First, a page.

Why marketers are betting big on predictive analytics

Lattice Engines is one of many software providers capitalizing on this trend

Give a marketer a sale, and you'll keep his company afloat for a day; teach him to predict future sales, and you may just ensure his longevity.

That, in essence, is the premise behind predictive marketing, a concept that's increasingly taking hold in enterprises today.

Tapping into the analytics trend that's being felt throughout the business world as a whole, predictive marketing applies algorithms and machine learning to big data to help marketers direct their efforts in the most profitable directions. Predictive-analytics tools can help marketers gauge ahead of time what a particular customer will buy, for example, as well as when and how much. Equipped with that information, companies can tailor their campaigns accordingly.

Amazon is a shining example: Its recommendations engine reportedly accounts for roughly 30 percent of the company's sales.

Successes like that may help explain investors' excitement about predictive-analytics purveyors such as Lattice Engines.

Lattice on Wednesday announced a fresh US$28 million in Series D funding, bringing its total investment intake so far to $75 million. The company's software is now used in more than 100 organizations worldwide, it says, resulting in higher sales rates, conversions and cross-sales successes as well as reduced churn.

Predictive analytics can help marketers across the entire customer lifecycle, said Fern Halper, director of TDWI Research for advanced analytics.

For instance, "predictive analytics helps in segmenting customers, finding patterns in their behavior, offering them the promotions that they would be likely to respond to, and predicting what customers would likely churn," Halper explained.

Marketing and sales are, in fact, among the top areas that organizations start with when deploying predictive analytics, she added, as increasingly easy-to-use tools bring such capabilities within closer reach for nonexpert business users.

Read more:The top 3 directions predictive analytics will take in 2015
Why predictive analytics matters
How predictive analytics is tackling customer attrition at American Express

Also fueling the technology's growth is the sheer deluge of data out there today.

"There's so much data and so many channels that firms like Lattice are now necessary to help marketers interpret and understand and, to some degree, optimize their campaigns in real time," said Greg Sterling, vice president for strategy and insights with the Local Search Association. "Firms and tools that offer ways to make sense of all the data are increasingly important."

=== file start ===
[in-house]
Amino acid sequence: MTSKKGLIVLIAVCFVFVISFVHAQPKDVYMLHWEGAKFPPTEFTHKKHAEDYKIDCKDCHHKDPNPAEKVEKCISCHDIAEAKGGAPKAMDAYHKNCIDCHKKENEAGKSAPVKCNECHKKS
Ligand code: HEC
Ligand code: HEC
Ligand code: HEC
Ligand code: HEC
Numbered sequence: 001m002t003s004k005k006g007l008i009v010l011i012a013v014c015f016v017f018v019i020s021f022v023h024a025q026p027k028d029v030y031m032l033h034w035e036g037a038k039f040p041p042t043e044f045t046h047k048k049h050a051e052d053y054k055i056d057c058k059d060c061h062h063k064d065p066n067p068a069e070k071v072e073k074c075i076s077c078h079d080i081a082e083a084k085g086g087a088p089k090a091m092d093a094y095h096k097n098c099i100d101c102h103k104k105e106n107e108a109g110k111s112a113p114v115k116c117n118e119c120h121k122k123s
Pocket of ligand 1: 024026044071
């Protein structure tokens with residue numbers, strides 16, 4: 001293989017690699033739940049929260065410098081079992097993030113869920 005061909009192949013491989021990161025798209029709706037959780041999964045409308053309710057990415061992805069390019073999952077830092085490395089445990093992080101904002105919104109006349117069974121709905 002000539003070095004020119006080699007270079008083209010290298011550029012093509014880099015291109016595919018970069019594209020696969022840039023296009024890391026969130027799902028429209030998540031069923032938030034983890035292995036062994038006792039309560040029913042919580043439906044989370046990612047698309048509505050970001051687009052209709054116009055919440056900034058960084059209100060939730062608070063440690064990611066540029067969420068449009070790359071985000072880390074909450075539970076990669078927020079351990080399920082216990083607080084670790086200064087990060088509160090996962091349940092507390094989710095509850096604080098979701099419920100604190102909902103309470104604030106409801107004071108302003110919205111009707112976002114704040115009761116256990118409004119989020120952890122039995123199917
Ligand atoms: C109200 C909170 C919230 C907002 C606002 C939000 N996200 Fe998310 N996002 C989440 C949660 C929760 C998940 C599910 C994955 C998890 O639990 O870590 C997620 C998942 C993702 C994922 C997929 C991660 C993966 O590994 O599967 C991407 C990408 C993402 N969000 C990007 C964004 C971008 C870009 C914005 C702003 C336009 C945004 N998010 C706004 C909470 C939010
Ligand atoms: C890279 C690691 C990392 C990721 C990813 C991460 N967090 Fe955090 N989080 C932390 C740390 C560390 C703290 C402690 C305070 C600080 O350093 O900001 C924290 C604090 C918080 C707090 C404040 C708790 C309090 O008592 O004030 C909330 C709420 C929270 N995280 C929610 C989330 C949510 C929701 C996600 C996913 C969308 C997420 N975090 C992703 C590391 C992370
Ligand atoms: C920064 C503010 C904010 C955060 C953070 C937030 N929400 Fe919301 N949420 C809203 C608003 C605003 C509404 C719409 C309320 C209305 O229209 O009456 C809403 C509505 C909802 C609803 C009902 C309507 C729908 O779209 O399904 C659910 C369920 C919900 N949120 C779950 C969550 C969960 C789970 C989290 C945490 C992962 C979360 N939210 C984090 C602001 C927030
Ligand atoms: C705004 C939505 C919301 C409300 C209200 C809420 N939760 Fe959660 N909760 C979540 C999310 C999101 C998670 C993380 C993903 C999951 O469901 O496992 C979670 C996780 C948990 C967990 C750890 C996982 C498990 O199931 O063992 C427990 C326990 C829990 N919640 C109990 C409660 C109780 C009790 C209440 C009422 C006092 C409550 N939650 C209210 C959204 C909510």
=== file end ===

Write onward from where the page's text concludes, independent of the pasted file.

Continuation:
Like any technology, however, predictive-analytics tools must be used wisely.

"Predictive analytics can be important if done right -- and often that's a big 'if,'" cautioned Denis Pombriant, managing principal at Beagle Research Group.

Analytics can be used for two purposes, he explained: to identify correlations and to find causation. "We need both, but too often vendors pay a lot of attention to correlation and not enough to causation," he said.

If a marketer determines that customers often buy product A when they buy product B, for example, it's important to understand why -- the causation underlying that pattern -- in order to be able to predict a particular individual's purchase behavior, he explained.

Lattice does a good job of identifying both causation and correlation, Pombriant added. "This puts your sales effort on a whole new plane," he said. "That's why investors are paying attention."

Join the newsletter!

Or

Sign up to gain exclusive access to email subscriptions, event invitations, competitions, giveaways, and much more.

Membership is free, and your security and privacy remain protected. View our privacy policy before signing up.

Error: Please check your email address.
Show Comments

Blog Posts

How service heterogeneity is impacting engagement

Marketers have long known the importance of standardising products to assure quality and consistency. For services, however, standardisation is much more complex.

Dr Chris Baumann

Associate professor, Macquarie University

Kindness matters in business: why the nice guys finish first

A recent 1000-page Royal Commission report on misconduct in Australia’s financial sector revealed hair-raising stories of excessive commissions, rampant mis-selling and charges levied on the dead. So how do you stop a bank from misleading its customers?

Nick Liddell

Director of Consulting, The Clearing

Myer vs. David Jones: Do cyborgs win?

As two of Australia’s stalwart brands in Myer and David Jones continue their respective journeys through troubled waters, it heralds yet another sign of the shifting business environment and shift towards an experience economy.

Tom Uhlhorn

Founder and strategy director, Tiny CX

nice article

meripadhai

5 things marketers need to do to get better in buy in when presenting

Read more

International business is closely related to marketing or marketing activities carried out by the company. According to Gitman and McDani...

Eko Prasetyo Utomo X

Salesforce: The age of the marketing campaign is over

Read more

Back in 1968 Holden began an appeal to customers who have an interest in competition. It did this with the introduction of the HK GTS 32...

Ben Tate

Marketing professor: For Holden, brand nostalgia ain’t what it used to be

Read more

Your blog post is really good and informative. Thanks for taking time to provide us this useful information with us.Auto wrapping uaeADF ...

Yes Machinery

Image intelligence:10 must-see infographics for marketers

Read more

A debt of gratitude is in order for sharing this marvelous information.I have taken in numerous things from your post

digitech Classes

Lumen CMO strives to make the brand synonymous with anti-ageism

Read more

Latest Podcast

More podcasts

Sign in